Diver "People Shorts" Recently Written By Stephen Weir


Hall of Fame 2009
From 19th century film makers to Skin Diver photographers

The International Scuba Diving Hall of Fame announced at the Dive Equipment and Marketing Association (DEMA) trade show in the US that it will induct six new members in just a few days.
The 2009 International Scuba Diving Hall of Fame honourees are: the late Kimiuo Aisek (Truk dive shop owner), Howard Rosenstein (Red Sea Photographer), the late Larry Smith ("World's Greatest Dive master" helped set up dive operations in Jamaica, the Cayman Islands and Indonesia) , Geri Murphy (former Skin Diver Magazine photographers) and 19th century underwater movie makers brothers George and J Earnest Williamson.
Each year the Cayman Islands hosts the annual The International Scuba Diving Hall of Fame Dinner and Induction Ceremony, where the pioneers, artists and entrepreneurs are presented with prestigious awards for their contributions to the sport. The event will be held on January 29, 2009 at
The Pedro St. James castle in Grand Cayman, the Cayman Islands. There will also be a film festival and special dive excurisions over the induction weekend. www.scubahalloffame.com

cutline - the late Kimiuo Aisek as pictured on his recently published biography.

George Purifoy Dies At The Wheel Of His Dive Boat

North Carolina wreck hunter and dive shop owner George Purifoy passed away in September after suffering a heart attack. Mr. Purifoy, the owner the Olympus Dive Centre in Morehead City, NC, died at the helm of his dive boat while taking a charter group wreck diving. He was responsible for finding many of the wrecks (including a Germany U-boat) that make Morehead City a North American wreck diving centre.
A memorial fund has been set in honor of Mr. Purifoy. Donations may be made to Divers Alert Network, George Purifoy Memorial Research Fund, 6 West Colony Place, Durham, NC 27705.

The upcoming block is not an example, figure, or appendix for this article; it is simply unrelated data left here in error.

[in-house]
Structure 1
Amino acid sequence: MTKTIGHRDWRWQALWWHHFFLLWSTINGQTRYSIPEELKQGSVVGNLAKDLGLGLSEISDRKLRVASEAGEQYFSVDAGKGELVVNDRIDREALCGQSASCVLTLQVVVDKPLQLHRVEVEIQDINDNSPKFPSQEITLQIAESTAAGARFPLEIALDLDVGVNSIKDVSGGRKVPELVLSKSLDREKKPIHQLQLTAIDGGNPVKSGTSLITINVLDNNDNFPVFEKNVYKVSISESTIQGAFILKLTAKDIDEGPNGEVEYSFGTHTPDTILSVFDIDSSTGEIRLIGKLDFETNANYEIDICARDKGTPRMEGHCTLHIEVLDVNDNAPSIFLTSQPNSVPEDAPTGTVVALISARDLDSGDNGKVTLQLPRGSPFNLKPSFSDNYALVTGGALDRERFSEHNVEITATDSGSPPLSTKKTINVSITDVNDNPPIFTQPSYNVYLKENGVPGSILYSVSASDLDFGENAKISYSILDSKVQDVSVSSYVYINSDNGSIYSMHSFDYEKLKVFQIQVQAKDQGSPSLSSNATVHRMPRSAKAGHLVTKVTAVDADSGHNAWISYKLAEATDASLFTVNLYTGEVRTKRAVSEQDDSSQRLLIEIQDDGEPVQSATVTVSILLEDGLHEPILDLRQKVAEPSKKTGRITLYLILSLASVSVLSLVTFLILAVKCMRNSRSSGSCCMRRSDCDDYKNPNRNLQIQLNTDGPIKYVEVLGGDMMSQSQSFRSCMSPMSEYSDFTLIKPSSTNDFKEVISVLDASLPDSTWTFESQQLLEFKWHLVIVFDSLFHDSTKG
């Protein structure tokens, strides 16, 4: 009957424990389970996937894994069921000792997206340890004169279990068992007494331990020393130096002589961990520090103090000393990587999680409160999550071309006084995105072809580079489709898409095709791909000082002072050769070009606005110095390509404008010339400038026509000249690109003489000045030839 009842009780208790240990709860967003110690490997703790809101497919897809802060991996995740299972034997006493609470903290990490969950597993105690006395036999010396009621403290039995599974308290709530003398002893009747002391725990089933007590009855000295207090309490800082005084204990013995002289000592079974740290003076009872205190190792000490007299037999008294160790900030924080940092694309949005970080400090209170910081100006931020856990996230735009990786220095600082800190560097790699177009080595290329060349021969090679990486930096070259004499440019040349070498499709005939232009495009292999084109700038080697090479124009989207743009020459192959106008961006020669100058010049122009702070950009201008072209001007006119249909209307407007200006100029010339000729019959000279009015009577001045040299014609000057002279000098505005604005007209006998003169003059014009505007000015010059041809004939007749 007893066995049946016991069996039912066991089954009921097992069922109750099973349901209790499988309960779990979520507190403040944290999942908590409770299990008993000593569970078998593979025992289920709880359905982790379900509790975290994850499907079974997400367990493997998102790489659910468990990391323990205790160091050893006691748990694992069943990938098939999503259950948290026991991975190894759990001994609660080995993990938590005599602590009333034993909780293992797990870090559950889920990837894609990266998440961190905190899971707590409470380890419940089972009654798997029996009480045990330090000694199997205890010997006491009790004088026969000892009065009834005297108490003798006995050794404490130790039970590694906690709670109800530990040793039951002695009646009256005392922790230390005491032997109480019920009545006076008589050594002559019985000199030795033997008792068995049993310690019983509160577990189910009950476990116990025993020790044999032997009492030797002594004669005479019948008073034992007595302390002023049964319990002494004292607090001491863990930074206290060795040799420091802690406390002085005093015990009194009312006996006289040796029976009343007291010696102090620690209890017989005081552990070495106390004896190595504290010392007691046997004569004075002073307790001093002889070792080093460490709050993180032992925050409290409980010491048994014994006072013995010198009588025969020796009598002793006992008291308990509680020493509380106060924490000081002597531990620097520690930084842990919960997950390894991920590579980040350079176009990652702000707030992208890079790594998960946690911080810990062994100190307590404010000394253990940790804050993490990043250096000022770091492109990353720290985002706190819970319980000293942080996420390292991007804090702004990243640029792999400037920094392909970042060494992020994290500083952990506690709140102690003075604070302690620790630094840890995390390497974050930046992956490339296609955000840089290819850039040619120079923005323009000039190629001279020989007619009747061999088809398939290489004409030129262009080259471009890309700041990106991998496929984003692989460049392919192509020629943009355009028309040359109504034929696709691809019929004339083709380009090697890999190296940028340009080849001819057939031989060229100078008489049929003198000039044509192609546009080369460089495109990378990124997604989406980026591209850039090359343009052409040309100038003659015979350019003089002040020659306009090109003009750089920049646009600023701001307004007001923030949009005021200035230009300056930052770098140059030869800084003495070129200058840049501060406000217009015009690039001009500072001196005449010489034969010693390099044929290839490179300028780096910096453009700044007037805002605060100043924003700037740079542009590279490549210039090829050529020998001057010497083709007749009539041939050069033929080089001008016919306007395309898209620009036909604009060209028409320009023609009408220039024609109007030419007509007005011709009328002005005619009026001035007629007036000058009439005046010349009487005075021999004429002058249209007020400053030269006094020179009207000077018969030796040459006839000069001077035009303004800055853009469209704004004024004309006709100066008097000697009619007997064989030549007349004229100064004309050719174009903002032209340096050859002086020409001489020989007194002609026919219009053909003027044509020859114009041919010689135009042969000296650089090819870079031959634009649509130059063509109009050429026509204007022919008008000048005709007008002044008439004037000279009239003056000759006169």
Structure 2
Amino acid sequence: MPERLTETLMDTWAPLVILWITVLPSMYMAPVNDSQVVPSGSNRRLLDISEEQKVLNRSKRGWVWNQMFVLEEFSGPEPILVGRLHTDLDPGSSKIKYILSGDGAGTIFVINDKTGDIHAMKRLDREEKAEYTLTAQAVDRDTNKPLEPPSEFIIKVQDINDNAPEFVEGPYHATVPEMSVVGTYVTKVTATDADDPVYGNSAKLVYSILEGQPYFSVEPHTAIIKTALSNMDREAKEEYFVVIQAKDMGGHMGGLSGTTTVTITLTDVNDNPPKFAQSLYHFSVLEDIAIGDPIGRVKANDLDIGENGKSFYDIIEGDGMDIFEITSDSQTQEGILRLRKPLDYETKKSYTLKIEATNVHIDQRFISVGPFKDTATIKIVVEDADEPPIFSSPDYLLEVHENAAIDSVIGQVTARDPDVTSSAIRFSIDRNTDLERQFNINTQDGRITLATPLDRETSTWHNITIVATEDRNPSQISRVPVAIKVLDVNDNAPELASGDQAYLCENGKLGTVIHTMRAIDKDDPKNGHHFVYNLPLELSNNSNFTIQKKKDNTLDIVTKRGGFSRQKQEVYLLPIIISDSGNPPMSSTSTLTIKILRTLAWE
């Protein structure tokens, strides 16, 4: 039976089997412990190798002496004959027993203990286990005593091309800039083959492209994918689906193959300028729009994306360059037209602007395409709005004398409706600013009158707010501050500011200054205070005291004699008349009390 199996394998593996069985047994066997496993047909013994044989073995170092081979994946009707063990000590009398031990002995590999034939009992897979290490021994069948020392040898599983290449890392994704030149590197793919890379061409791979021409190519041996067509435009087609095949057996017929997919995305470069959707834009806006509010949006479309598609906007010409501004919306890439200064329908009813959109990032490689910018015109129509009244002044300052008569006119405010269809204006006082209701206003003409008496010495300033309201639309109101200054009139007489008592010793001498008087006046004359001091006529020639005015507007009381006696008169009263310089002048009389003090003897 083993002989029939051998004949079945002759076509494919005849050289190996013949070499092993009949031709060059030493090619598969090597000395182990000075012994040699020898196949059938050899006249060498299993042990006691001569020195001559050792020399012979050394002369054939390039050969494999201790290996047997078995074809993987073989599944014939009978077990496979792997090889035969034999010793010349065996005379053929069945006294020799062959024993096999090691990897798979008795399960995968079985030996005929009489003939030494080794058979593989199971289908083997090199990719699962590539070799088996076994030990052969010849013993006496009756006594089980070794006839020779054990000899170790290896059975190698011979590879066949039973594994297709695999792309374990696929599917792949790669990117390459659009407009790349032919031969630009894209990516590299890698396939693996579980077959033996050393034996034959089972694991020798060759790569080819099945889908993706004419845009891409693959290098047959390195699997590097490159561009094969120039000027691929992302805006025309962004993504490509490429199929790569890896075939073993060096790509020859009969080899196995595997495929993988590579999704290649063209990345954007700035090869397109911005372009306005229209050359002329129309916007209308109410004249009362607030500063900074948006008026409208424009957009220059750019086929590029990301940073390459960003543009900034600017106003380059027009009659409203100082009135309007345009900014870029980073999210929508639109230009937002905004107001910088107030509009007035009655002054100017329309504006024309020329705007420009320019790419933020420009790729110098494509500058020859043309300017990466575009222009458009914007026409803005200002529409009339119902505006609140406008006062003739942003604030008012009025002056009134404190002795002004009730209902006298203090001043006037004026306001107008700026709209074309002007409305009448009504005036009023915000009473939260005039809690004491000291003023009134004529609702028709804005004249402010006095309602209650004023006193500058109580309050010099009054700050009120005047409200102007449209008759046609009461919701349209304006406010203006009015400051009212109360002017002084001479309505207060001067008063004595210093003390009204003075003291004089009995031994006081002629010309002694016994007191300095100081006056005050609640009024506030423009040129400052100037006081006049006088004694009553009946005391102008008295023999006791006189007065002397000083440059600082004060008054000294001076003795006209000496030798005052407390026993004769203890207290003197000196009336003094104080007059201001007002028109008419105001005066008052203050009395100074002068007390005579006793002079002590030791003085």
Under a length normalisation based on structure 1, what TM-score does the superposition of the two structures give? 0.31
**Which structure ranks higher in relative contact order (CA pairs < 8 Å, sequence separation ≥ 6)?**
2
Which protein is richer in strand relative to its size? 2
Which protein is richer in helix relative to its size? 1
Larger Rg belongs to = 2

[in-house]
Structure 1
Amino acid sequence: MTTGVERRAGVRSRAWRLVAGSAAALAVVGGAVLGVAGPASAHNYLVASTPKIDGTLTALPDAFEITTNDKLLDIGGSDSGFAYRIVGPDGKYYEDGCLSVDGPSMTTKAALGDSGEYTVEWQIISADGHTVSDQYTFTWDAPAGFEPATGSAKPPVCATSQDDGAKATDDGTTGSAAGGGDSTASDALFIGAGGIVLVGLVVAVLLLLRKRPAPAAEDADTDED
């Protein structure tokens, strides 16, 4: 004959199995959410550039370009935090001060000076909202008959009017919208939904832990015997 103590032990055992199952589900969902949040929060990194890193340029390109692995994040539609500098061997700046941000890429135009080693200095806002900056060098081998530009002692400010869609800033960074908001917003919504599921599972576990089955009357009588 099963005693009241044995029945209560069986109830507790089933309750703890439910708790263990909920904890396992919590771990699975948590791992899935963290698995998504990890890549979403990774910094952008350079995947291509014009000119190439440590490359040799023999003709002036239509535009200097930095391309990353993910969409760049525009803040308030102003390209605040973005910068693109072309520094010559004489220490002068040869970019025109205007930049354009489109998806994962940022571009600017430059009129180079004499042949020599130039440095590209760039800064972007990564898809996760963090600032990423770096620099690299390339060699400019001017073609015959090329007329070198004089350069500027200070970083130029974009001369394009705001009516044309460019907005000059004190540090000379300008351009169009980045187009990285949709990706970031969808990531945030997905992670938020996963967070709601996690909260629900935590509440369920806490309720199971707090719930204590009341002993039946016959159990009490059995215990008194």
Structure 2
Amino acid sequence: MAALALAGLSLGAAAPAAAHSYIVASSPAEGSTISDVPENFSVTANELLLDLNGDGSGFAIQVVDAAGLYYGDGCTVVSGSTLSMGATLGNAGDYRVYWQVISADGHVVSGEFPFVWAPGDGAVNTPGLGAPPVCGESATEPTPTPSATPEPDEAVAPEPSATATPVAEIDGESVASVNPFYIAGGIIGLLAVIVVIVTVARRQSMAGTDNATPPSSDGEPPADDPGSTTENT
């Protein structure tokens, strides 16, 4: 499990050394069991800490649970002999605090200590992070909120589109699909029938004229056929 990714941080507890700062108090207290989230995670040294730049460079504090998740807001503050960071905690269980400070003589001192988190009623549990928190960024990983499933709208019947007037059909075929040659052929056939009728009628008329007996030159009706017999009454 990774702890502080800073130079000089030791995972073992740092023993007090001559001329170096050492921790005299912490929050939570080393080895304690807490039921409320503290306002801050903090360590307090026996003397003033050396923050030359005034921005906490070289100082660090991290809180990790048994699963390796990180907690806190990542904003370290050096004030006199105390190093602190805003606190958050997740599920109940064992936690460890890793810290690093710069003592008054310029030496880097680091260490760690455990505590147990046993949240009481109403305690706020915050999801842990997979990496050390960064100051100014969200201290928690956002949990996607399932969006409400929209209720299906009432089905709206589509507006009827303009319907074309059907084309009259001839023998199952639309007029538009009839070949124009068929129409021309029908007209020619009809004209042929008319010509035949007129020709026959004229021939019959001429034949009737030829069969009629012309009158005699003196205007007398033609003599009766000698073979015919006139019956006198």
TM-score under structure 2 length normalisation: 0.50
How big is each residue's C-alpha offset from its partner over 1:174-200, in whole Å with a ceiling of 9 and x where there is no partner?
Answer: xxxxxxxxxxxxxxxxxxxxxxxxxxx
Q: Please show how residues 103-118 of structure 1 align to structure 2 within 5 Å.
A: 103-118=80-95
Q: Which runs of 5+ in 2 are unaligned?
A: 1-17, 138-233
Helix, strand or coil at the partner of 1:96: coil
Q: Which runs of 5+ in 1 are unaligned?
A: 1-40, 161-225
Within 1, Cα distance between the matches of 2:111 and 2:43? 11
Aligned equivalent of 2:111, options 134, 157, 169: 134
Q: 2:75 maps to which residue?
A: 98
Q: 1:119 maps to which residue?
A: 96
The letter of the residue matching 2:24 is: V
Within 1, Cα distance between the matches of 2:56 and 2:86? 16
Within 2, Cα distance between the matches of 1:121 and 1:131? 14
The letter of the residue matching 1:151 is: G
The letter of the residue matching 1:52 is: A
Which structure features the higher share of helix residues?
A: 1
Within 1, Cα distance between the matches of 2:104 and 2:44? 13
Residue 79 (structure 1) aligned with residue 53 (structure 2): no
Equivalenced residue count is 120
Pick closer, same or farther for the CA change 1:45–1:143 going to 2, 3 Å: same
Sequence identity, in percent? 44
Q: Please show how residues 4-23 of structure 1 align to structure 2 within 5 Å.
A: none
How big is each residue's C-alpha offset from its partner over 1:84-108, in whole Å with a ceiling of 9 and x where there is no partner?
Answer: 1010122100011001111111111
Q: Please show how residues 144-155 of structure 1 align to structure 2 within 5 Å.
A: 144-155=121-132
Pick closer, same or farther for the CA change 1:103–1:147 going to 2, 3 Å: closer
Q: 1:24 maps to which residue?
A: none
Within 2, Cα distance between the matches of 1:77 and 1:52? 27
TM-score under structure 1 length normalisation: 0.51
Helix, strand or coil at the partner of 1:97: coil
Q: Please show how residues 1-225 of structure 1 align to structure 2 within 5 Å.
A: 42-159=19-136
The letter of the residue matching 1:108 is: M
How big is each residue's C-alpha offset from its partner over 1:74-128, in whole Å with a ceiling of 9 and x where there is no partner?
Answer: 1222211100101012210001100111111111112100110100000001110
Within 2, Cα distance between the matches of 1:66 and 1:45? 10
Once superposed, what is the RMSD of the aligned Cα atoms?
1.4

cutline: the late George Purifoy

Tarzan underwater set builder makes donation to US College

Wisconsin’s Beloit College recently received a $1.4 million donation from a man who built underwater sets for Tarzan movies. James E Lockwood was an oil company owner, an inventor, explorer and sometimes an underwater movie set builder.
Lockwood passed away in 2003 in Florida; he graduated from the school in 1934.
According to the school, after Lockwood completed his education in Wisconsin, he befriended a deep-sea diver and together, they apparently created the first diving lung, seven years before Jacques Cousteau invented the double-hose scuba regulator. He worked on the underwater sets of 12 Tarzan movies from 1932 to 1948. In 1957, he sold his Lockwood Oil Company and began traveling the world, pursuing his passions for scuba diving and archaeology. He is credited with the discovering of an ancient Haitian temple on an island off the north central coast of Haiti.

Recent Find Driven By Families Of The Lost Sailors

The US Navy confirmed in October that wreckage found by an Alaska expedition in 2007 is that of a long-lost submarine. The wreckage was spotted on sonar off the Aleutian Islands in 1,000 metres (3,300 ft) of water.
According the Alaska television station KTUU, the Navy is saying that the wreckage is that of the U.S.S Grunion which disappeared during World War II. The sub was last heard from on July 30, 1942. The family of the Grunion's last commanding officer hired the expedition to locate the wreckage.

cutline: The USS Grunion


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